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This project is a philosophical investigation of shape and color into man's natural state of being, in relation to today's occidental culture of empathy. It's a “metamodern folly” that immerses participants in a “glitch” of the human system.

It's a place for contemplation, meditation and it's a metaphor to why people even empathize in the first place.




What is a Folly? and Redefining "Glitch"

Follies are ludicrous and purposeless structures that don’t match the era in which they exist. Though despite this classical attachment to structure, they tend to closely border with sculpture and both terms may be used to describe the same folly. Moreover, any purposeless object may be a folly. With that said, very few structure based follies are completely purposeless. Apart from their decorative aspect, many originally had a use which was lost later. It’s all about context, or rather the lack of it, which is the underlining principle for what a folly is - a counter. The creator of the folly can give it all the meaning, purpose, story and attention to detail as wished, yet the bottom line is that the random viewer and the unforeseen interacter will subjectively decide upon its purpose.


In 1762, René Louis de Girardin (1735-1808) settled at Ermenonville, France and designed a new garden to illustrate philosophical and social ideas about the place of man in nature by Jean-Jacques Rousseau. It was composed to show idealized nature, decorated with symbolic pieces of architecture, such as the Temple of Philosophy (1764-1776), which was left unfinished, to show that the search for knowledge is never complete.

In 'Theaetetus', Plato suggests that knowledge is 'justified true belief'. However, the 'Regress Argument' suggests that any justification itself requires support. Thus, any proposition whatsoever can be endlessly (infinitely) questioned. With that being said, 'Fundamentalism' suggests that some knowledge (i.e. 'human nature') is considered 'basic' and doesn't require justification.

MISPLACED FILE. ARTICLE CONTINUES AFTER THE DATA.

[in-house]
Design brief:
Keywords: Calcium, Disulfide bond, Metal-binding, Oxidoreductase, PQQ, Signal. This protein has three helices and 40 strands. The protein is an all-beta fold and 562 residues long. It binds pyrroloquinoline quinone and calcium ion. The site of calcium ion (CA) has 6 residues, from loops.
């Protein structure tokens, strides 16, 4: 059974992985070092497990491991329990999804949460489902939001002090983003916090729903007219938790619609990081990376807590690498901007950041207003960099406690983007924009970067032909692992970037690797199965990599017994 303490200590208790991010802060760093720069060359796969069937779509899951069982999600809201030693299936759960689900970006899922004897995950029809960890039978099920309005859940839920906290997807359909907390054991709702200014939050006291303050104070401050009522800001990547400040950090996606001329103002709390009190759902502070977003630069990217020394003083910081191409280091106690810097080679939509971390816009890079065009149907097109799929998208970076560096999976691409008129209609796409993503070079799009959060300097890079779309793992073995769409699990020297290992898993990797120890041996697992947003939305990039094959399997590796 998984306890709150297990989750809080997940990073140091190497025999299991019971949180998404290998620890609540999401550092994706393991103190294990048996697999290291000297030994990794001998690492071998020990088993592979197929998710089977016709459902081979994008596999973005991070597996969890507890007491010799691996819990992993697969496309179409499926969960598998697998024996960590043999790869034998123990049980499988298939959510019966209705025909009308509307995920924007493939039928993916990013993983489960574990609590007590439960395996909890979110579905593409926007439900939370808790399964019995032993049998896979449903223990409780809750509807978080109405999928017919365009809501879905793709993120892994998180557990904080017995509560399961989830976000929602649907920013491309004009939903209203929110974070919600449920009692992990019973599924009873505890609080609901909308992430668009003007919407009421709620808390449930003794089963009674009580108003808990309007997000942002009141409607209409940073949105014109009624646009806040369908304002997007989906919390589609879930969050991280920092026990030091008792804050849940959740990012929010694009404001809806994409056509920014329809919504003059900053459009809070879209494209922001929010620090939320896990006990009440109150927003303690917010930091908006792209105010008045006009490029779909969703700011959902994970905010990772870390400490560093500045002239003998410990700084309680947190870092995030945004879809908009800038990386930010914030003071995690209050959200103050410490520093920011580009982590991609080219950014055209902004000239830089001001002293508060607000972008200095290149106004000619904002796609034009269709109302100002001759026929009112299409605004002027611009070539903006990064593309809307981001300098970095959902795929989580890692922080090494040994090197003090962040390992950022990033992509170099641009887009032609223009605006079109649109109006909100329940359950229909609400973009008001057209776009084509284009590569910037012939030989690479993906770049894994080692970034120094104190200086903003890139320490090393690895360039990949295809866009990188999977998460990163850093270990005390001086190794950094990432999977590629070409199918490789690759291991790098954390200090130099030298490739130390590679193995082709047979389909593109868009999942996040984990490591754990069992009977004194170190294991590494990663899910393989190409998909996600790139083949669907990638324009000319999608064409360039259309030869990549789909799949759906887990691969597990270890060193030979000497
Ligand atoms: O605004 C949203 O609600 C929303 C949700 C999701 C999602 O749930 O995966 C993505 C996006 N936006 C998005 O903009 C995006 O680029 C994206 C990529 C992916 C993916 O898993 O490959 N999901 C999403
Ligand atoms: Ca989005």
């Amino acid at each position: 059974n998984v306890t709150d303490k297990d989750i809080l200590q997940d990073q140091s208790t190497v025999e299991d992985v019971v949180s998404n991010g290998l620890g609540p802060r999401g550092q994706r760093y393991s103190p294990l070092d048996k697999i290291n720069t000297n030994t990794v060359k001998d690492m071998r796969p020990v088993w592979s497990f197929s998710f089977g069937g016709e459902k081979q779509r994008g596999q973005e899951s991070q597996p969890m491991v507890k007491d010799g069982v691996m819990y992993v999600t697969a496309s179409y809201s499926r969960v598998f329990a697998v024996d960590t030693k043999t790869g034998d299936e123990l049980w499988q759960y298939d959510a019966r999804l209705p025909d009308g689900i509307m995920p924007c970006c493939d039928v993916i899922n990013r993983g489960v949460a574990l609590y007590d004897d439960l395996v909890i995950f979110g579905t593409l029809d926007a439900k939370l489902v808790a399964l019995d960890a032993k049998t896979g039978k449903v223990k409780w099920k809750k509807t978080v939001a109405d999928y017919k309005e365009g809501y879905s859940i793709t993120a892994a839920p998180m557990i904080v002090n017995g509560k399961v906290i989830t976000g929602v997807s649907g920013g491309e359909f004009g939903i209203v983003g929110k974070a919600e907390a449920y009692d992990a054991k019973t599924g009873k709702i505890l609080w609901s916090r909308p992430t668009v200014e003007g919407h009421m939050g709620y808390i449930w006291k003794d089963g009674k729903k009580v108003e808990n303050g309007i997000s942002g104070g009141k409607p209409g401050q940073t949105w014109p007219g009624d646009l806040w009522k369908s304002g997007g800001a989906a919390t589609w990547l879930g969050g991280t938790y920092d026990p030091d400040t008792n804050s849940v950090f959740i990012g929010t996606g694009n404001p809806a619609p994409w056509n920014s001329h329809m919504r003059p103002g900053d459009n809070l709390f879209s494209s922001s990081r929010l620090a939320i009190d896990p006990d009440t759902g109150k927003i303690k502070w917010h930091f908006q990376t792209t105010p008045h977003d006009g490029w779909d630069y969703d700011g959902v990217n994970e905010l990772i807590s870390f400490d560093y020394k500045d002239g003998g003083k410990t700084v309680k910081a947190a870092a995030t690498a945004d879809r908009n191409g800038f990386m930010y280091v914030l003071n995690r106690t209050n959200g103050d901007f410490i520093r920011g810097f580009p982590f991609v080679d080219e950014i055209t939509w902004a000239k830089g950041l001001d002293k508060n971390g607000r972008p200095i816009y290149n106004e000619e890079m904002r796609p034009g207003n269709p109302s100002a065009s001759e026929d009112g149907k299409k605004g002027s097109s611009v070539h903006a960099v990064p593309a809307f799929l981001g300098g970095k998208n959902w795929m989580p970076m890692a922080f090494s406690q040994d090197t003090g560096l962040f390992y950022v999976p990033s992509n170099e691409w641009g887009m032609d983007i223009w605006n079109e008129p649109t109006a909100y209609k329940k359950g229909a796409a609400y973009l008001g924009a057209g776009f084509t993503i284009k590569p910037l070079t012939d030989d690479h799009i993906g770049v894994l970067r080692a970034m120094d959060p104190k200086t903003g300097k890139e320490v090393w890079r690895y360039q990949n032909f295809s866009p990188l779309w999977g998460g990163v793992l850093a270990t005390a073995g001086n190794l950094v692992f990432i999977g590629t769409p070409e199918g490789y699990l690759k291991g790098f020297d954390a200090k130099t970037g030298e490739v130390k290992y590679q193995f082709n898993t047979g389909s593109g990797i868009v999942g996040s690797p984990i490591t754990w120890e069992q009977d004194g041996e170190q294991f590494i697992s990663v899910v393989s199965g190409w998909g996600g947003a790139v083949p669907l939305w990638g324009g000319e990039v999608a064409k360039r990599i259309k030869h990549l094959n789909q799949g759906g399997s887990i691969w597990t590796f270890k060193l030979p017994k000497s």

A sudden and temporary malfunction of equipment.



Sliding in and out of momentary altruism.


In Context:

The collapse of the World Trade Center caused people with a TV to glitch all around the world.

Empathy as a Glitch

Emotional intimacy can be obtained through trying to be aware of, and empathize with the

feelings of another. This other whom the empathy arises towards would most likely be of personal relation, but may also be a singer on the radio, an actor on stage, or even a natural disaster happening on the other side of the world being reported on the news. Therefore emotional intimacy can be obtained with or without a physical correspondent. The most ubiquitous way of emotional intimacy occurring is having a feeling of “being deeply touched” over someone else's pain. Those moments of empathy are filled with devotion and are considered truly human, which suggest a sense of self within the act, but do they? Couldn't those moments truly be altruistic and completely detached from ego; acting as glitches in the code of our human system; acting as a slide into a parallel world where you and I are actually one and the same?